Emily Dickinson Reflection Essay

analytical Essay
1626 words
1626 words

Reflection Essay Culture and history are the defining aspects of literary history. Each event throughout history has played a major role in the history of literature and writers today. Each writer throughout history has been influenced either through personal experiences, beliefs, and America’s history. Events such as the Civil War brought about several changes that led to the introduction of new literary genres and styles. Many of these writers wanted to break away from tradition whiles others wanted to write about their beliefs such as religion. Walt Whitman and Emily Dickinson are two of the most significant writers from their time. Both writers are significant in literary history and have made noteworthy contributions to the literary …show more content…

In this essay, the author

  • Explains that culture and history are the defining aspects of literary history. each event throughout history has played a major role in the history of literature and writers today.
  • Analyzes how walt whitman and emily dickinson focused much of their work on the subject of death, but they did so in contrasting ways.
  • Explains that realism is a literary genre that gives truthful and realistic representation of life and how things are in real life.
  • Analyzes how "the yellow wall paper" shows the narrator's mental issues and depicts life for women in the nineteenth century.
  • Explains that realism and naturalism are closely related terms in american literary history, sometimes used interchangeably. naturalism uses the environment and its conditions to demonstrate that human outcome is based on their environment.
  • Compares the views of booker t. washington and du bois on the subject of civil rights. both paved the way for african americans and abolished segregation.
  • Describes the harlem renaissance as the evolution of negro art, literature, and culture. langston hughes, countee cullen and claude mckay were important writers during this period.
  • Opines that our culture and history has molded literary history and brought about numerous changes. whether based on changes in society, or a writer’s personal experience or belief, the literary world will see more changes and evolving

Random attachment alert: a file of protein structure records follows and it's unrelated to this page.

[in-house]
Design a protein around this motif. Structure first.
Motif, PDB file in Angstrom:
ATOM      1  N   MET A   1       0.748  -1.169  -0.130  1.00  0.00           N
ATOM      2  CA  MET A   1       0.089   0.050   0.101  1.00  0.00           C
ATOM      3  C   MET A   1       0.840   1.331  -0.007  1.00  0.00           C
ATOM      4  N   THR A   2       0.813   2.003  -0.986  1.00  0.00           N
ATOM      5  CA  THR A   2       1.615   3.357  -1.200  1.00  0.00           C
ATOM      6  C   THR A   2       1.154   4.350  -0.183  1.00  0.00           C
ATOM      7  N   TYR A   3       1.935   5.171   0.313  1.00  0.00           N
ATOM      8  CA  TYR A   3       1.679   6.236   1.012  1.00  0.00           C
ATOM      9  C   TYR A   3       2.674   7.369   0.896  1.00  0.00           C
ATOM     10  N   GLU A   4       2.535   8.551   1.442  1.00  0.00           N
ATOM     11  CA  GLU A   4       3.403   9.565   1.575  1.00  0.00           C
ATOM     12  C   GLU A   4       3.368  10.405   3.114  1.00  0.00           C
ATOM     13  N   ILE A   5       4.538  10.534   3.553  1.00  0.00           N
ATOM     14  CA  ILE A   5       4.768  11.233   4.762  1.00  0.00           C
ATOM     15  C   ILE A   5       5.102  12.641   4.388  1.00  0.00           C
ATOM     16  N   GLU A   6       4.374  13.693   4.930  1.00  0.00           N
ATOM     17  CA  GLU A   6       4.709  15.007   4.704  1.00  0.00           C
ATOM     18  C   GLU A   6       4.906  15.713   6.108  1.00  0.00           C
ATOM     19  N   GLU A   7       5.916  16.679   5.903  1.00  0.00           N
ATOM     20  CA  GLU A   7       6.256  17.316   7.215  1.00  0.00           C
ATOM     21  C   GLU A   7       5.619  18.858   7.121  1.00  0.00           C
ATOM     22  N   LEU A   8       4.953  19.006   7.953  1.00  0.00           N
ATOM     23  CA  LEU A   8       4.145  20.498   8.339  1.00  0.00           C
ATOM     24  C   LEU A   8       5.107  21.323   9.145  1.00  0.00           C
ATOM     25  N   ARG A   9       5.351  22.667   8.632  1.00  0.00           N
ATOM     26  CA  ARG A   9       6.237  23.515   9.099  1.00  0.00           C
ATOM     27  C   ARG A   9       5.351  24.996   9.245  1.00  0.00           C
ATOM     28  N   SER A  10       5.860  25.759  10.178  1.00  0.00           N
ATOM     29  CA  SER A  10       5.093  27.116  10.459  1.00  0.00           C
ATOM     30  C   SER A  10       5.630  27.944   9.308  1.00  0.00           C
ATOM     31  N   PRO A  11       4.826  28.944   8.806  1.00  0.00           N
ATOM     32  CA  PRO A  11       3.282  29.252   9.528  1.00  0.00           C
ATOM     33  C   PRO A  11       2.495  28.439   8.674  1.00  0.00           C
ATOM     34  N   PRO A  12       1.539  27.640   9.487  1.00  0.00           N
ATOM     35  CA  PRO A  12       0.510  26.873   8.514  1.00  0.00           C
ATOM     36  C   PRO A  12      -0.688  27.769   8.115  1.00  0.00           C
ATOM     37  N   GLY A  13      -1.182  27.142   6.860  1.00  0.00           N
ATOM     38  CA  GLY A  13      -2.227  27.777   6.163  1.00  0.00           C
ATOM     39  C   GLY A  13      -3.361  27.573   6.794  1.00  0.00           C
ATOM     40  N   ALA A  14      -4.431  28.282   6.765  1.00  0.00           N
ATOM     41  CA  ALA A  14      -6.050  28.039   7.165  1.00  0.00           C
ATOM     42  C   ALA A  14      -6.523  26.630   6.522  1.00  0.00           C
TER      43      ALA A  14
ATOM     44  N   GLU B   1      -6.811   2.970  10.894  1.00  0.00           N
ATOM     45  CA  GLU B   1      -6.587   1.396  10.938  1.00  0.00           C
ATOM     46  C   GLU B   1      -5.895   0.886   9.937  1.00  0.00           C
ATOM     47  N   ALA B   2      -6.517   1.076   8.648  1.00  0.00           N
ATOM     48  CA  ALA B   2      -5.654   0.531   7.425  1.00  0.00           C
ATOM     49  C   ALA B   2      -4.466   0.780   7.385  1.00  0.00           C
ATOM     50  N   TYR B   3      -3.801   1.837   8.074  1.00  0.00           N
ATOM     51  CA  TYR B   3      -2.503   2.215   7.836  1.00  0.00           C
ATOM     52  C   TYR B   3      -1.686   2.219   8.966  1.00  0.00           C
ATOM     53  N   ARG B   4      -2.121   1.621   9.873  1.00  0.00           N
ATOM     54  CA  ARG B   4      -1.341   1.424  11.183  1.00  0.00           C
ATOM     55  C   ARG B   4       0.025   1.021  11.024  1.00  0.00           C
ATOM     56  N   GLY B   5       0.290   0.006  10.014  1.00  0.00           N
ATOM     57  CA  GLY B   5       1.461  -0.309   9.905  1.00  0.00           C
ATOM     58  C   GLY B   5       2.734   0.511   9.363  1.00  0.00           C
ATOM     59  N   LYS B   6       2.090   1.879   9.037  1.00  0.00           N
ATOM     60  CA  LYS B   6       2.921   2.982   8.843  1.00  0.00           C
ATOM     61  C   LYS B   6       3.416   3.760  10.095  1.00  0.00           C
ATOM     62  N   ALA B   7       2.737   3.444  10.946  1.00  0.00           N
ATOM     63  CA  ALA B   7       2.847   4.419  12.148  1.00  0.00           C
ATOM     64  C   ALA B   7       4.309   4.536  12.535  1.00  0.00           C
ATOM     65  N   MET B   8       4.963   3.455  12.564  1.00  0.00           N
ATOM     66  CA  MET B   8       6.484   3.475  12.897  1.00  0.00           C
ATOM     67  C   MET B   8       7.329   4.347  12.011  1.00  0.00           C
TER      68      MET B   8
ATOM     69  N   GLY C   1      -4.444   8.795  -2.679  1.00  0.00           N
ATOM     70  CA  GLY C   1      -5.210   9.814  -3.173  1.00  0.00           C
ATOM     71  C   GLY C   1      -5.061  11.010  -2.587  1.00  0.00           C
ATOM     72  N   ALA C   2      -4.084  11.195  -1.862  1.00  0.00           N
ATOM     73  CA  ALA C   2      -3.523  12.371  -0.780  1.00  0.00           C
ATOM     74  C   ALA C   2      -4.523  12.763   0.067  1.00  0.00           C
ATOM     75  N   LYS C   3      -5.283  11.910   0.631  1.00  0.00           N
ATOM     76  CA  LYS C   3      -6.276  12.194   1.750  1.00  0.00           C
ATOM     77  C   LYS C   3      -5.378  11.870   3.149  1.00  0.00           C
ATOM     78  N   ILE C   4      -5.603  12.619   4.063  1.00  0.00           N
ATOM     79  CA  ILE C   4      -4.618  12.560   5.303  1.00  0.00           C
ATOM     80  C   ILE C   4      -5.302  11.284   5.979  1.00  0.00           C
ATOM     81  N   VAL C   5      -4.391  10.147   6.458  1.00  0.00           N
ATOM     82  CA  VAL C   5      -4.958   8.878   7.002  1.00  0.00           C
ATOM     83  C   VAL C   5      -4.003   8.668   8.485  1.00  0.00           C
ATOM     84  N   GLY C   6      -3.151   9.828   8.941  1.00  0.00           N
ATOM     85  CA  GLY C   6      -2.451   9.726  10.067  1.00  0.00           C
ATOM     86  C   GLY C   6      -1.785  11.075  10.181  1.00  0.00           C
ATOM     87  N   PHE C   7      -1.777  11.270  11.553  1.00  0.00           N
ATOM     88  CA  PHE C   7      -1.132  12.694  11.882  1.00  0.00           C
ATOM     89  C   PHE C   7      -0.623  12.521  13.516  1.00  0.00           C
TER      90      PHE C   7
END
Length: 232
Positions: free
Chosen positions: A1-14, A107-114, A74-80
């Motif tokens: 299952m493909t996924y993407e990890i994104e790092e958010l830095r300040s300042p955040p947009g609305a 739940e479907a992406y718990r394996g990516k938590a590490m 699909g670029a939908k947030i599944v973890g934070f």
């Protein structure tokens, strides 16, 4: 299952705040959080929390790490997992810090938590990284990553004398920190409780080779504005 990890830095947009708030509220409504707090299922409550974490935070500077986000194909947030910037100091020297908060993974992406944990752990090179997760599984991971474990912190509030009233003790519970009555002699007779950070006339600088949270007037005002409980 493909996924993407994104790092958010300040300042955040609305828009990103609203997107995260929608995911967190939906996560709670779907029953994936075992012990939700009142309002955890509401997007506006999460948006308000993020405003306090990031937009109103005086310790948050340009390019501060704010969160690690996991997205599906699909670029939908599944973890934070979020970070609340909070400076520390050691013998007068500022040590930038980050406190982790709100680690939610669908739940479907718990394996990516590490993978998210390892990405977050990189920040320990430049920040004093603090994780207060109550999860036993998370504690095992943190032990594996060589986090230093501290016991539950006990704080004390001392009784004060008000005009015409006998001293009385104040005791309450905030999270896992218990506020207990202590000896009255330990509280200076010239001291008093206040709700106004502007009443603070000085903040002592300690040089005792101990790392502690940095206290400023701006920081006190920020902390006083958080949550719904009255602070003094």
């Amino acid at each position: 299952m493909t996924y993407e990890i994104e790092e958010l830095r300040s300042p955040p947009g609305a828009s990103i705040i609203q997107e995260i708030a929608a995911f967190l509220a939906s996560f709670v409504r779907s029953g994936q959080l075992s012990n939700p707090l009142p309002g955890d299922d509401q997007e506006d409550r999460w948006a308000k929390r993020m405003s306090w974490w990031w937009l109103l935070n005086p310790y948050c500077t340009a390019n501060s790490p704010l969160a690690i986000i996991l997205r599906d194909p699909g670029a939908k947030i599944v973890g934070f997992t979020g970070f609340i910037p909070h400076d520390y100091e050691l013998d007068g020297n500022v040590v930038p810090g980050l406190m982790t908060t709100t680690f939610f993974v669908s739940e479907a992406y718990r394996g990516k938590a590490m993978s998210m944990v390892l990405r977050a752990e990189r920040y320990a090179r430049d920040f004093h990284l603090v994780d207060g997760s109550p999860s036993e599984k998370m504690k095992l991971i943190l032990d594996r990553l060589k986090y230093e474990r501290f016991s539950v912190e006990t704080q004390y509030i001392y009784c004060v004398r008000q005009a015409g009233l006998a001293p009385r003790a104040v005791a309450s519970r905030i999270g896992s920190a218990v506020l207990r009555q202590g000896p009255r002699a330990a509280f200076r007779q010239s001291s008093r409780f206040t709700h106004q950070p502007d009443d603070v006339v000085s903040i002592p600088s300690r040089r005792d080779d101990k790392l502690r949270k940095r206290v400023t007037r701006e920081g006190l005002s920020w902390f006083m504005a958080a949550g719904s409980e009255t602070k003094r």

Whitman presented the subject of death in an individualized manner. In his work, “Song of Myself”, death is discussed particularly in sections 48 and 49. Section 48 discusses the image of God and says, “And I say to mankind, be not curious about God” (Greenblatt, 64). He goes on to say that he sees God in everything and everywhere. “I hear and behold God in every object, yet understand God not in the least” (Greenblatt, 64). Section 49 continues with the subject of death. Whitman is saying that he is not afraid of death. “And as to you Death, and you bitter hug of mortality, it is idle to try to alarm me” (Greenblatt, 65). Dickinson views death as inevitable and out of man’s control. She shows us thin in her poem “Because I could not stop for Death”. Dickinson embraces the idea of death. Both Dickinson and Whitman …show more content…

This period is defined as the evolution of Negro art, literature, and culture. Harlem was the center of the “New Negro Movement”. Writers such as Langston Hughes, Claude McKay, and Jean Toomer placed major roles and in the New Negro Movement. The Harlem Renaissance was a way to promote African American pride, and was the start of the Civil rights movement. Alain Locke was critical in during the New Negro Movement and played an integral role. Locke played a major role in the success of black authors. Locke was the publisher for his work called “The New Negro”. A large number of people were moving to the Northern cities. These people were mainly African Americans. The need for workers increased thus many African Americans followed the work. Many of these African Americans lived in poor living conditions, and worked at “low-paying, menial jobs” (Blackboard, The Harlem Renaissance). Some of the most important writers during this time I believe were Langston Hughes, Countee Cullen, and Claude McKay. This is because they wrote about what they were experience and what was going on with black Americans during the New Negro Movement. They wrote about their struggles and what civil rights meant to

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